I don't know what the distribution of bitcoin looks like but I don't think it is that bad and there are still plenty of bitcoin to be produced. Even with a lot of concentration it is still very difficult to manipulate a commodity money effectively, but there are other reasons why this would make a commodity unattractive as money too so it can be a problem. Bitcoin would however need to be very very concentrated when it is all done for this to be any problem of note and I don't think it will be because a free-market disperses wealth, it is politics that concentrate it and there won't be any of that in the bitcoin economy.

The rest of that are just fallacies I have already addressed.

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Wait wait, so how many people made a profit that bought in from anywhere between $4->$30->$4? Somebody bought in. Do you think it was the early adopters buying in? Everyone is not making a profit. The later adopters are not making a profit. This is a zero sum game where wealth is transferred up the chain. It doesn't matter if there were early adopters, there will always be those who are wealthier, and the wealthy have proved on many different occasions that they, time and time again, will do whatever they can to increase that wealth. It was goldsmiths, after all, that created fractional reserve. Bitcoin is no solution, it is just the beginning of the same old bullshit.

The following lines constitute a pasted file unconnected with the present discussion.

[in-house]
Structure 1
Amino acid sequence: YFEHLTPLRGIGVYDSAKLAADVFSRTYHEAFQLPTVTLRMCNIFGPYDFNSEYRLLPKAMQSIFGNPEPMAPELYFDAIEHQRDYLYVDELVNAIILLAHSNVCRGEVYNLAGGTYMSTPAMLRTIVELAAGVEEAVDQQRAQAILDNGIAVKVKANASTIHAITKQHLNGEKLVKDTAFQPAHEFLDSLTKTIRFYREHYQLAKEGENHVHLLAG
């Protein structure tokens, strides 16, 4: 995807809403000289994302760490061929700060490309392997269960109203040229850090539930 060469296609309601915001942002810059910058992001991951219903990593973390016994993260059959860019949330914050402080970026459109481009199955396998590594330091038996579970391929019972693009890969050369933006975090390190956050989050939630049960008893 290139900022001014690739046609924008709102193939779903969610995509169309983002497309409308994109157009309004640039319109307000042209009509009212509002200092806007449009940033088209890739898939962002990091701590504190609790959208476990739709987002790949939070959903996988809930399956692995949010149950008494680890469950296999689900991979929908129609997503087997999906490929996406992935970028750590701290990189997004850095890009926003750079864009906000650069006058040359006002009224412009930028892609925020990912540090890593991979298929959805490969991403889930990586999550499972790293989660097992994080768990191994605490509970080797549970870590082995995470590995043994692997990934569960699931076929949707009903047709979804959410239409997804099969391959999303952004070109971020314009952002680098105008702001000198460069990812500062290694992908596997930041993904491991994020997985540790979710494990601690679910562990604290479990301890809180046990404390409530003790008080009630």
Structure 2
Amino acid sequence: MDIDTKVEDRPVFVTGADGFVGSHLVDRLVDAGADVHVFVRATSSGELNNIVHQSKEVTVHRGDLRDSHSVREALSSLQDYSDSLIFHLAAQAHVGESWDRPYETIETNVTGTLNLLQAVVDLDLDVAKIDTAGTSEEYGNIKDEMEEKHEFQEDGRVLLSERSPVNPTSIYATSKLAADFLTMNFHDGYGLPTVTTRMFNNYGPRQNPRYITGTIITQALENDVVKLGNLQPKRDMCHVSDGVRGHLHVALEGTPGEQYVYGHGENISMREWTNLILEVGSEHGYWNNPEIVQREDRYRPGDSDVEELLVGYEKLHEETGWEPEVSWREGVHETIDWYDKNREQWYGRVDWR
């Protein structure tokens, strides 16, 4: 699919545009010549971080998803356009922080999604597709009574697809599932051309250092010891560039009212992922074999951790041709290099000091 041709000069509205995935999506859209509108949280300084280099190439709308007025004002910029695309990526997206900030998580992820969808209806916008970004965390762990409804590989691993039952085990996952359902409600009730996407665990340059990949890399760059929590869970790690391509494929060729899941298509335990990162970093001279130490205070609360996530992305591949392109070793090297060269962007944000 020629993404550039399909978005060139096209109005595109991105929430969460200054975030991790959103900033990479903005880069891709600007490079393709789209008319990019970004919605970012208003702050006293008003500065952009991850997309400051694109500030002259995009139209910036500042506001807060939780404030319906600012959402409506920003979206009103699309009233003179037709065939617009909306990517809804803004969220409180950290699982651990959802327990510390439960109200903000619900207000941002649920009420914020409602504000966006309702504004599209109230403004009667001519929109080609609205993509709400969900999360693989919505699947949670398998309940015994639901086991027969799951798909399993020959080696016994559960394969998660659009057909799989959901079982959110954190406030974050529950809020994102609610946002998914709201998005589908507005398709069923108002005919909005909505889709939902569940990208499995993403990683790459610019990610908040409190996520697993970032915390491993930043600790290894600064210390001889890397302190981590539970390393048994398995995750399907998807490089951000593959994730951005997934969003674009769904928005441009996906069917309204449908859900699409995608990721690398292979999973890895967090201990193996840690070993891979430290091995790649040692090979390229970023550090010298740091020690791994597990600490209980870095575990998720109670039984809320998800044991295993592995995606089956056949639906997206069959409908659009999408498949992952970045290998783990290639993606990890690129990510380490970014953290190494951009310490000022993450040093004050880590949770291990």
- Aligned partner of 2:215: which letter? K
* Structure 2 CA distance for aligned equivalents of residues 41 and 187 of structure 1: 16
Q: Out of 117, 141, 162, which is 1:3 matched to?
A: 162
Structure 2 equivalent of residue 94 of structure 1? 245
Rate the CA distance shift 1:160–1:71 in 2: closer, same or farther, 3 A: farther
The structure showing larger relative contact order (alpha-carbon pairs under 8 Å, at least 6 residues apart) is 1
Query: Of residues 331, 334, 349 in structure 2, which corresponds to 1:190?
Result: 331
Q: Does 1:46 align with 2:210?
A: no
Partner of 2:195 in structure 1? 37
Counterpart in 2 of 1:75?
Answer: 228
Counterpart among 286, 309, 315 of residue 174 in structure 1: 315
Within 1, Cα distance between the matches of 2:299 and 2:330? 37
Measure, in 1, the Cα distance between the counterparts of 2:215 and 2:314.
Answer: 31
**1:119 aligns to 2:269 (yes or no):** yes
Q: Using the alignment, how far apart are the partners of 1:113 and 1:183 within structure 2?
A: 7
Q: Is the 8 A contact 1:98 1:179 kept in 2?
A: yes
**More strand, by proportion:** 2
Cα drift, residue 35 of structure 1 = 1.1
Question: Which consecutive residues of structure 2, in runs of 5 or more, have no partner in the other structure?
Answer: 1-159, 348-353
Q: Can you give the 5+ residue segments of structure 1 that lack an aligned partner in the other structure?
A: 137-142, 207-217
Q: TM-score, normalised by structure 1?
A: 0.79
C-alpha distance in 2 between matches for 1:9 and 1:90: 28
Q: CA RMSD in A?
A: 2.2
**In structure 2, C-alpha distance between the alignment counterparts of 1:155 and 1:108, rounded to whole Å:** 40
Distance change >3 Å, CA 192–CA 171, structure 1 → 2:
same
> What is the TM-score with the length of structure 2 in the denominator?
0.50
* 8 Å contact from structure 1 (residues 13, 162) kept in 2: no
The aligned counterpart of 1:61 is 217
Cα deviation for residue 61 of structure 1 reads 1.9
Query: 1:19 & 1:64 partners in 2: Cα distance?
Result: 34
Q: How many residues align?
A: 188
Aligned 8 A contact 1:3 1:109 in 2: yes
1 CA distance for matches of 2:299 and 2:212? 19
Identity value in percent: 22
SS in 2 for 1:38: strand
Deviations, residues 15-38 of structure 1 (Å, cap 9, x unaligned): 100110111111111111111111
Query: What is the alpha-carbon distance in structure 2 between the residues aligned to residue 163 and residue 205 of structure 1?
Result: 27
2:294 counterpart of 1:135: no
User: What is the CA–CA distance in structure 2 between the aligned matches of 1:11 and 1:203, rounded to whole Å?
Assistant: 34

Value is subjective and from there own point of view everyone made a profit. Except those people who made errors and didn't get what they expected but they only have themselves to blame.

The wealth going up the chain you speak of is no different then the transference between you and Apple if you and buy an iPad you really want. It gives you satisfaction for your high timepreferences and interest to Apples shareholders. The next poor guy that comes around could just as easily choose to buy Apples shares as that iPad, so it doesn't transfer anything from poor to rich just between people with different timepreference.